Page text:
InfoWorld reported the latest on a federal case involving alleged kickbacks between some of the world’s largest systems integrators and hardware manufacturers. Several firms have settled with the government while others are maintaining their innocence.
There are a couple of pieces to this story that really got my attention. For one, a former Accenture executive allegedly took approximately 700,000 pages of material with him when he left the company “many of which involve HP”. That is an impressive quantity of material and a quantity that would suggest the whistleblower involved might have been planning this for some time. Think about how much paper that is. If a ream of paper is 500 pages and 10 reams come to a case, that's 140 cases of paper alone.
The other item of interest is that some of the parties don’t seem to understand the conflict that referral fees introduce into the procurement equation. Yes, it’s ethically correct that parties inform the buyer that these fees exist. However, how can a consultant or systems integrator even pretend to be providing impartial advice and counsel to clients that are selecting new software or hardware if their employer benefits from steering the business to one provider over another.
This issue is at the heart of the difference between a reseller and a consultant. A consultant is supposed to be a professional that puts their clients’ needs/wants/business ahead of their own. I believe the following acts are not the acts of a professional consultant but rather speak to the acts of a self-interested integrator:
- An integrator recommends their client license a software product over another because the integrator has more people on the bench available to implement the recommended product. This is made more egregious when the recommended product is a better fit for the client.
- An integrator recommends their client choose a product without disclosing the cross-marketing fees/referral fees that will go to the integrator when the deal closes
- An integrator staffs a software or hardware selection with project team members who only have experience with one product and that is the product the integrator wants the client to choose.
These commissions or referral fees are problematic as they introduce BIAS. From a professional standards basis, consultants should avoid even the appearance of impropriety. When an integrator pursues these referral fees they should distance themselves from doing evaluations for clients. And, that is a dilemma as these referral fees are paid precisely because the vendor is steering business to another firm. In other words, an unbiased consultant should never take referral monies if they want to remain independent, transparent and acting in a fiduciary manner. Resellers or integrators who are paid commissions or referral fees need to be honest with themselves and admit that they are merely an extension of the hardware or software vendor’s sales force. To accept payment for referrals is to be paid for selling product. That’s a conflict of interest if one is also presenting themselves as a neutral evaluation partner.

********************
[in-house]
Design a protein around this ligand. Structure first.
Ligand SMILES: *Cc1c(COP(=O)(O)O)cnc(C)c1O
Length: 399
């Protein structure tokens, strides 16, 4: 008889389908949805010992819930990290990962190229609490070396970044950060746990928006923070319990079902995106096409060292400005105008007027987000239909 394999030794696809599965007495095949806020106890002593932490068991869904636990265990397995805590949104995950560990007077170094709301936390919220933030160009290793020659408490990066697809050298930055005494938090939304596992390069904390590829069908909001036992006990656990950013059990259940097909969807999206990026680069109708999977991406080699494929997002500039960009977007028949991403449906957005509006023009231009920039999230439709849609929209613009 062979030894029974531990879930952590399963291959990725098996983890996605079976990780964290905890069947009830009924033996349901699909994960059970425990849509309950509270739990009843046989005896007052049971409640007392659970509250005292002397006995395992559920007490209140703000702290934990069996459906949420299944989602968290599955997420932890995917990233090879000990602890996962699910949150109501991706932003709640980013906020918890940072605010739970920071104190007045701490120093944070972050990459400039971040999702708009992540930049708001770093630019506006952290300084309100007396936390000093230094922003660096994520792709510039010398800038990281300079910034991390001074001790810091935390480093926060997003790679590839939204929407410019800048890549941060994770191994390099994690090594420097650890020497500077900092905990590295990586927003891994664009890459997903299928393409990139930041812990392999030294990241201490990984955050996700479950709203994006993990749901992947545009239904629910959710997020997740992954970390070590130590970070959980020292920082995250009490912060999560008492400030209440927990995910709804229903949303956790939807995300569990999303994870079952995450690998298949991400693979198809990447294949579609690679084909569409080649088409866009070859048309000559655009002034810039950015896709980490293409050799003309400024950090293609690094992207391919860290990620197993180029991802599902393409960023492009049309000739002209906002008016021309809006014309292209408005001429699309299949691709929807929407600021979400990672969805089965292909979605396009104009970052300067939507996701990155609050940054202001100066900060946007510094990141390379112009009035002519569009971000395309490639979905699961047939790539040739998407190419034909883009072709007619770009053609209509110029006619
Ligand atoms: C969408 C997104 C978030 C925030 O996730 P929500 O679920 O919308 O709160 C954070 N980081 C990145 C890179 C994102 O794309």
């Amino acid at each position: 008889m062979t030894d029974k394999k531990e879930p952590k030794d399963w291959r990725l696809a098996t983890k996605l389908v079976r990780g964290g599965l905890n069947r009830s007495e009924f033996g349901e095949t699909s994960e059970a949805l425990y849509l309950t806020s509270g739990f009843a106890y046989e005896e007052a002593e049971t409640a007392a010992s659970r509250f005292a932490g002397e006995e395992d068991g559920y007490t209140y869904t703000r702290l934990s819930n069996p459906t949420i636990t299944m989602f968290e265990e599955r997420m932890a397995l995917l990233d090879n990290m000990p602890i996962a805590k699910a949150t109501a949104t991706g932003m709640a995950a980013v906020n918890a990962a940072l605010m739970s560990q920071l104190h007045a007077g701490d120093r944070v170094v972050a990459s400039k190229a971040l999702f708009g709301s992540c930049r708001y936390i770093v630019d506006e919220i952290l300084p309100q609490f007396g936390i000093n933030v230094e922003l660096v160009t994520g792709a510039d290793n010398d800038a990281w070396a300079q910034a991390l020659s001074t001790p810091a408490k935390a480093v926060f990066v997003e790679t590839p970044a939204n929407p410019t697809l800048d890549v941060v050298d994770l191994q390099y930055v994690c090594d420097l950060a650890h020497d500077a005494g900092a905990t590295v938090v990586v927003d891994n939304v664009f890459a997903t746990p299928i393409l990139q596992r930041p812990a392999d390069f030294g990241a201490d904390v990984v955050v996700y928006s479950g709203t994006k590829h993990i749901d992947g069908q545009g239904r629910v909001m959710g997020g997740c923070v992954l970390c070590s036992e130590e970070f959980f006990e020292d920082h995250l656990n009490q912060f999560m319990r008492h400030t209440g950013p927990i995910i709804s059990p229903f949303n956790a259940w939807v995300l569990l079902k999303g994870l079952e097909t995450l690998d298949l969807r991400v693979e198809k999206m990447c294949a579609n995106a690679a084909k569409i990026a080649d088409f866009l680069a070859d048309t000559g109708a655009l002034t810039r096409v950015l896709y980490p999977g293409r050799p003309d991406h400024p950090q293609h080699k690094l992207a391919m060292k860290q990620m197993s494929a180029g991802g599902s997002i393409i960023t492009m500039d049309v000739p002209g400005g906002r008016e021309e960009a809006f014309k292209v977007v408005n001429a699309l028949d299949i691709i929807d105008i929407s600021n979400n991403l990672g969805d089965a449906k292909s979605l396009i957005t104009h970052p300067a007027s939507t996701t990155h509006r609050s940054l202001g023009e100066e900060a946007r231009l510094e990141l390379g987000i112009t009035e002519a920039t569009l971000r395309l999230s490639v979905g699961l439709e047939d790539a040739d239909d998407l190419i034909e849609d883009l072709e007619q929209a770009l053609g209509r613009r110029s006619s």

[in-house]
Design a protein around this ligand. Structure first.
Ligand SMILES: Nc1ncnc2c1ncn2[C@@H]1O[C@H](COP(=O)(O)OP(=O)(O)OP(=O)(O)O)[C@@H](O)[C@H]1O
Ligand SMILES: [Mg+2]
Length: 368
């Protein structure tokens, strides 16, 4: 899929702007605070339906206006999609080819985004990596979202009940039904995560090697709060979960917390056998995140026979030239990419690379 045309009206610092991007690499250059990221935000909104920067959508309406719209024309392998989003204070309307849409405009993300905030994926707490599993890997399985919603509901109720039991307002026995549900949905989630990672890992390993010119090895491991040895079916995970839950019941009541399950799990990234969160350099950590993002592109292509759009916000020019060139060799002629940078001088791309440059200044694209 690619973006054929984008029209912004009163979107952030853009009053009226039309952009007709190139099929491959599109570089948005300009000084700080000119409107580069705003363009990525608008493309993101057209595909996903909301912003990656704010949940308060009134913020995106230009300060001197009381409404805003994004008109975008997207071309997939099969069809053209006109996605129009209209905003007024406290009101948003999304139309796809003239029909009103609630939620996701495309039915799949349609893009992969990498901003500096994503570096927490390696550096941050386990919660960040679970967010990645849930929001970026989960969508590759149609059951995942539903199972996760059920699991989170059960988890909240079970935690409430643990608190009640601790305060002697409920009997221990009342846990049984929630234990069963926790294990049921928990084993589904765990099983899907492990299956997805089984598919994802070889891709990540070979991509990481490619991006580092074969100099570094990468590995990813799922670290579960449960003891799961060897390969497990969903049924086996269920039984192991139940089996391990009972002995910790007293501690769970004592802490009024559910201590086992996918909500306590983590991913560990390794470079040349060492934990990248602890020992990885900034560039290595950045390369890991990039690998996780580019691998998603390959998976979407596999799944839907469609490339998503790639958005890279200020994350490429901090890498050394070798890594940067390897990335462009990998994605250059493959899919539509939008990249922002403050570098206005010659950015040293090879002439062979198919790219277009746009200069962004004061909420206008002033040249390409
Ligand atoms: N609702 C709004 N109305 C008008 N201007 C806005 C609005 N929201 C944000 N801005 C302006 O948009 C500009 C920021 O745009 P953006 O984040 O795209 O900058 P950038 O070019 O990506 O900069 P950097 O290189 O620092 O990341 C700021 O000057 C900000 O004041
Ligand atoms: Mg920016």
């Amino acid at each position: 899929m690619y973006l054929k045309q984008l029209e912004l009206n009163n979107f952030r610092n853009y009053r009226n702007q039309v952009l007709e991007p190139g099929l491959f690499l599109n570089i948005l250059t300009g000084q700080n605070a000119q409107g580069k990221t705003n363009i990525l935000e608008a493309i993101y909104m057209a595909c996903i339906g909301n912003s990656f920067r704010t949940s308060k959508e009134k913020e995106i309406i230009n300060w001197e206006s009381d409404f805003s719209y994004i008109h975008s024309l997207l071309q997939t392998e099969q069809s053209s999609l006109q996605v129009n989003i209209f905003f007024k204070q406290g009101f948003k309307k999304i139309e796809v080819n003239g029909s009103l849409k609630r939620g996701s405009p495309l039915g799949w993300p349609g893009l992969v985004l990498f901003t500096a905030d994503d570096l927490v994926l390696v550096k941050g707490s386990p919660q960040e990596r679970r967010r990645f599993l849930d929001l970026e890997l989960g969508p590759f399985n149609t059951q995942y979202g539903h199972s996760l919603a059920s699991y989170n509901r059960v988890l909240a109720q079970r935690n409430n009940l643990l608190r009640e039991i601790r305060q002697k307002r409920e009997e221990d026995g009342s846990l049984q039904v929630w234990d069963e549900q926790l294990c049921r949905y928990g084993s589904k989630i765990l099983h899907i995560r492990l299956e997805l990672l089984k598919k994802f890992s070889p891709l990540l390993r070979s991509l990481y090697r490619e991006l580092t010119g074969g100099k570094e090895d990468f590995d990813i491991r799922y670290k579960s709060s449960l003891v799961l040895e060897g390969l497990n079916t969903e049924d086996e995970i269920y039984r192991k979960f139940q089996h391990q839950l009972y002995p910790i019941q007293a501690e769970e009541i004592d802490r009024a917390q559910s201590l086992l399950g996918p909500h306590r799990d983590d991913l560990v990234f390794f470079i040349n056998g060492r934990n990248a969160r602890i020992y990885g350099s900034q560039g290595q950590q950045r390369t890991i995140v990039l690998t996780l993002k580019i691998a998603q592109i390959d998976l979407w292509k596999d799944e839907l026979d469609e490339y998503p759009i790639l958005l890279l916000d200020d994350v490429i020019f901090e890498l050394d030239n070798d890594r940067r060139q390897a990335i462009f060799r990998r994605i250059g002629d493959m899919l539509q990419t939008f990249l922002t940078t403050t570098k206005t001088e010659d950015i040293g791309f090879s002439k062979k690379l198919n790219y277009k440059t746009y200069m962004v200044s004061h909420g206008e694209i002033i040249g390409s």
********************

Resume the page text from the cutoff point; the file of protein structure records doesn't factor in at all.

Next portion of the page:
The cases InfoWorld is reporting also suggest that the customers involved in these deals knew about these economic relationships. That adds another dimension to the case as customers can’t claim they were hoodwinked if they had knowledge of the referral relationships. Since these are governmental transactions, I’m perturbed that governmental bodies may have hired integrators to do selection or evaluation work when these firms had a clear conflict of interest. If that is the case, then both sides may be culpable.
I know some integrators claim that their referral fee programs don’t impact their impartiality as the people involved on the evaluation projects do not directly benefit from the fees. That’s a stretch in my opinion as the project team will likely get a lot of ‘advice’ from other executives in the company suggesting a number of reasons why the deal should go to one vendor over another. Even if the referral fees are never disclosed to the evaluation team, the evaluation team would need to question every iota of ‘advice’ it’s getting internally.
Some integrators will claim that they pass these savings back to the clients. Sounds good but I’d suggest that the money should never cross the consultant’s threshold in the first place. If discounts are driven by ever greater deal flow, the discounts encourage the integrator to do ever more deals with one supplier over another. That’s bias.
While I have no idea how these cases will be resolved, I’d recommend that software and hardware buyers do the following:
- Disallow consultants, et.al., who have these reseller or referral arrangements if the firm is being considered for an evaluation project
- Require all integrators, consultants, et.al., to fully disclose any and all economic relationships they have with potential hardware or software vendors
- Require any personnel staffed on an evaluation project be balanced from a product knowledge basis. In other words, make sure different people have deep expertise in different products. Avoid project teams with a pre-existing bias for a given solution.
- Create an ethical code of conduct that binds the consultants. Make sure they put the clients interests ahead of their own. The acid test for the integrator is simple: Would they recommend a solution that they lack skills or experience in? If no, they’re biased.
- If you need an independent and unbiased opinion, are you looking at the wrong kind of firm to help you? Seriously, if you hire a mechanic who only works on Porsche automobiles to help you buy a car, do you think you’re going to learn a lot about Subaru cars? Hire an integrator for implementations, hire a consultant to consult. When you mix up the two, you can get problems.